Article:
- 2013 Photographer's Market: The Most Trusted Guide to Selling Your Photography
- How to Create Stunning D igital Photography
- Best Business Practices for Photographers
- The Fast Track Photographer Business Plan: Build a Successful Photography Venture from the Ground Up
- Group Portrait Photography Handbook
- 500 Poses for Photographing Women
- The Best of Family Portrait Photography: Professional Techniques and Images
- 500 Poses for Photographing Group Portraits
- Selling Your Photography: Ho w to Make Money in New and Traditional Markets
- Starting Your Career as a Freelance Photograp her
- Photographer's Survival Manual: A Legal Guide for Artists in the Digital Age
- Legal Handbook for Photographers: The Rights and Liab ilities of Making Images
- Taking Stock: Make money in microstock creating photos that sell
- Going Pro: How to Make the Leap from Aspiring to Professional Photographer
In any field of work, art form or industry you have in mind, part of being successful lies in the ability to adapt to changing times. Photography is changing incredibly fast and the numbers of photographers are only getting bigger with each passing day. The thing is, not all are adapted to the present, let alone to what’s about to come. It is a tough industry to work in and it has little tolerance for photographers who are not well rooted in their times. Ideally, you should be ahead of yours, but if that were a common thing, it wouldn’t be so special. Here are some of the trends that are growing fast in today’s photography industry.
I don’t need to tell you how important it is to have a website and to be out there. If you’re still not convinced, this article can’t help you anyway. It’s more important than owning a camera. Potential clients need to be able to find and appreciate your work, from any corner of the earth. But things are changing and more and more traffic is being created with mobile devices. In other words, do whatever you have to, just get your website optimized for mobile viewing. Keep in mind that the good folks at Apple have no sympathy for Flash technology, like the rest of the world, so you have to make a decision about how you do it also.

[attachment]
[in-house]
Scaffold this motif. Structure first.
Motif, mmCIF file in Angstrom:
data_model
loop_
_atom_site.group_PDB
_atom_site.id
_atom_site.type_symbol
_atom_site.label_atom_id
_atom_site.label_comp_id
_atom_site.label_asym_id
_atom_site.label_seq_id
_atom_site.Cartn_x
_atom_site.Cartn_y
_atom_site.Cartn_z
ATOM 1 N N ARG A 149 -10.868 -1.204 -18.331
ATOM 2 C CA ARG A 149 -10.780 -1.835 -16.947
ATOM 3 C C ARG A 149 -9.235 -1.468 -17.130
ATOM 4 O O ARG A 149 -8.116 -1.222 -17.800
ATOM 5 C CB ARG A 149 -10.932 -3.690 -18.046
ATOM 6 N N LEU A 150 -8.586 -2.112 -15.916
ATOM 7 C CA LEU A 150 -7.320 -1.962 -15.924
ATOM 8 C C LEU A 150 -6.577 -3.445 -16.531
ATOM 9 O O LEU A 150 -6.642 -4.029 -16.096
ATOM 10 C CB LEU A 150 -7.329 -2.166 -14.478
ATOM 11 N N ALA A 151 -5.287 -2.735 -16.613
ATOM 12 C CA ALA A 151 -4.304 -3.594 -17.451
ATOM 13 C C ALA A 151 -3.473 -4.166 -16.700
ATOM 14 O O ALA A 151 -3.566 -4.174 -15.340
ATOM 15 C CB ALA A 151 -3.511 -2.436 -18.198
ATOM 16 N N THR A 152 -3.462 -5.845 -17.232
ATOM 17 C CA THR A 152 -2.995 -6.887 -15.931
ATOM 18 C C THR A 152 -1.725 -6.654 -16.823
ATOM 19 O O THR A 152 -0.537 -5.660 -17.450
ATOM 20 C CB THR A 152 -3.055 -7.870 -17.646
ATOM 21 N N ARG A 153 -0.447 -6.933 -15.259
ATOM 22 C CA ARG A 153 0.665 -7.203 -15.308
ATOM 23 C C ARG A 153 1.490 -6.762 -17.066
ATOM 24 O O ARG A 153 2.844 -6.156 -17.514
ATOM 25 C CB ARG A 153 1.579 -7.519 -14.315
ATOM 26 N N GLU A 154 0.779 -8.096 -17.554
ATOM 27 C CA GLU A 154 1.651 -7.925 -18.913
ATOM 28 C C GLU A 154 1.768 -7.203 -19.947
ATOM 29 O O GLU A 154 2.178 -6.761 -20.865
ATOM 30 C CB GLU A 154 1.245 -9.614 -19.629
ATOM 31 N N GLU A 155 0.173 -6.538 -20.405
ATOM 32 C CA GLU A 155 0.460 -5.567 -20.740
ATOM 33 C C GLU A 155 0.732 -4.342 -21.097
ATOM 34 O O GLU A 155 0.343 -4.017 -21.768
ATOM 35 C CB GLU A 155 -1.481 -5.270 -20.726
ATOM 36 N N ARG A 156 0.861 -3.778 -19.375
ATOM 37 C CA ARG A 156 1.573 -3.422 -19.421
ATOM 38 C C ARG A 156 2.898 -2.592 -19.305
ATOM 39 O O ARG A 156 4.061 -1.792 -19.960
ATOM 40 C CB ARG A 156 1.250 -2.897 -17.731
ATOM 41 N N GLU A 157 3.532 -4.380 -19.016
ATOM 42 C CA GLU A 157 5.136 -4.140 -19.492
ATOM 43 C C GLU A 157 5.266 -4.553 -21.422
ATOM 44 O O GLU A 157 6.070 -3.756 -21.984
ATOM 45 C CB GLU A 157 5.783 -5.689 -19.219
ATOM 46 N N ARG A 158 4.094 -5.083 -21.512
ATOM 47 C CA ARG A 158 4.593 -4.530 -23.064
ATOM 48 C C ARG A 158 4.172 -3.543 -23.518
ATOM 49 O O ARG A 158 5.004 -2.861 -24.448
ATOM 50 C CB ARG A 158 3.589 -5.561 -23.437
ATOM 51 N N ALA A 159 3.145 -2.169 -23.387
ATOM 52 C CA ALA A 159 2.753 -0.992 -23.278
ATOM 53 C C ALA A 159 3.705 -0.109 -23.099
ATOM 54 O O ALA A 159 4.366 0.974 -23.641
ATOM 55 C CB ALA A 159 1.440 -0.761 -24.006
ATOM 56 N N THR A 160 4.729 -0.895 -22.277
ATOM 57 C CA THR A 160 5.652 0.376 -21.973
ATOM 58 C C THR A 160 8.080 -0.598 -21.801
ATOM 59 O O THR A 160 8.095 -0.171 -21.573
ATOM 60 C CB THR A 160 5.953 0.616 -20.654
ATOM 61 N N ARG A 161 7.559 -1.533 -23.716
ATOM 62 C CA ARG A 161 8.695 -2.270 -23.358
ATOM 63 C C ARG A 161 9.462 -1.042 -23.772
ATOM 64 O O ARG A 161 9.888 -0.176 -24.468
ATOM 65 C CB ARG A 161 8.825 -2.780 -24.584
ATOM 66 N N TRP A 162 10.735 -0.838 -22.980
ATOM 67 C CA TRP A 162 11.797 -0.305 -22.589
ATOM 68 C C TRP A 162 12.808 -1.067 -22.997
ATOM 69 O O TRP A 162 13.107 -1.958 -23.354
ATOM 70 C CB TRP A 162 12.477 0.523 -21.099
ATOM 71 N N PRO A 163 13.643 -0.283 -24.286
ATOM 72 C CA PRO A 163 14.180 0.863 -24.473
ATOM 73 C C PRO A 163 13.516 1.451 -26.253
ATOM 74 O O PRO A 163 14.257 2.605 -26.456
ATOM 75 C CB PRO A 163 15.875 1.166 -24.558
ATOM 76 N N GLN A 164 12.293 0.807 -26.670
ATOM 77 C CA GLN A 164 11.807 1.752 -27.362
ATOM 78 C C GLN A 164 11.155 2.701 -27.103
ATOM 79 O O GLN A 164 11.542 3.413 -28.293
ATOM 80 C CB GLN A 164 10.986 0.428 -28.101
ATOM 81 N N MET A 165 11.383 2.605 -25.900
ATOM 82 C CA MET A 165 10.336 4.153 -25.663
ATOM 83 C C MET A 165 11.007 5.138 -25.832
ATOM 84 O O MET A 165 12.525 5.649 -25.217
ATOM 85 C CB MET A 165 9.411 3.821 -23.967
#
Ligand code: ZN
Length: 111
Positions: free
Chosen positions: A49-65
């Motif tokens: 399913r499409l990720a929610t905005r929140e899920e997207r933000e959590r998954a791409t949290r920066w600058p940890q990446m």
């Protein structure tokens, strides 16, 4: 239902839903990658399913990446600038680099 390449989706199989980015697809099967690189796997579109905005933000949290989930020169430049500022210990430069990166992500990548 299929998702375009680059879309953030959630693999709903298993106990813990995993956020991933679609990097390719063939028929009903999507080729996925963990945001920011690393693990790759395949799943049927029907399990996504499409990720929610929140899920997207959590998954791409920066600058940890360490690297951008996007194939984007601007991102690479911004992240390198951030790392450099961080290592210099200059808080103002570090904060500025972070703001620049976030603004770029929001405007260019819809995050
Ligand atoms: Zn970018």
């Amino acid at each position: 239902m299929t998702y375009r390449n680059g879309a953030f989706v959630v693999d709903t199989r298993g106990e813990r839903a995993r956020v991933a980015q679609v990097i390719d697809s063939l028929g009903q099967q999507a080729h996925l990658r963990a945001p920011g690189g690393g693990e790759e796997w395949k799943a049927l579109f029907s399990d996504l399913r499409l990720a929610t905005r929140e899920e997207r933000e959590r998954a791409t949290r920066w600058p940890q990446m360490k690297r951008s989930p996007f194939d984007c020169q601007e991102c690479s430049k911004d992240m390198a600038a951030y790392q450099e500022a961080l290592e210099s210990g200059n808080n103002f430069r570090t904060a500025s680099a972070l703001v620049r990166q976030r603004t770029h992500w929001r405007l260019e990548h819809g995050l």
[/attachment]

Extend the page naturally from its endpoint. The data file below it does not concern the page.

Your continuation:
Everyone wants to be a pro photographer these days, I know! It’s like the new rock-star dream for bored corporate employees. Anyway, some make it, some do not. The point is their numbers are growing fast and that could leave you out of work some day in the near future. The way to prevent that is to specialize as best you can .Find your niche, that one thing that is yours alone and makes you be worth every penny. If you stick to being a “general” pro photographer, I’m afraid the news isn’t good: you might have to find a new line of work.
Bridge = popular
I never thought bridge cameras would last so long, especially with DSLRs becoming so cheap. But not only did they last, they have never done better. Of course, you have your average bridge cameras, and you have your awesome ones, like the Sony A7/A7R. Cameras like the later models can do everything a pro DSLR can, but they are twice as small and weigh a lot less. It’s fair to say, at least at this point, that they will be around for a very long time and that they are kind of bullying the DSLR away. Finally!
The cameras on today’s smartphones are better than most compacts were 7-8 years ago. Additional lens designs are making their way into the market and let’s not talk about some of the awesome mobile editing apps available in the App Store and Google Play. Mobile photography will kill the compact market and it will either become more specialized or it will totally blend in with “conventional” photography.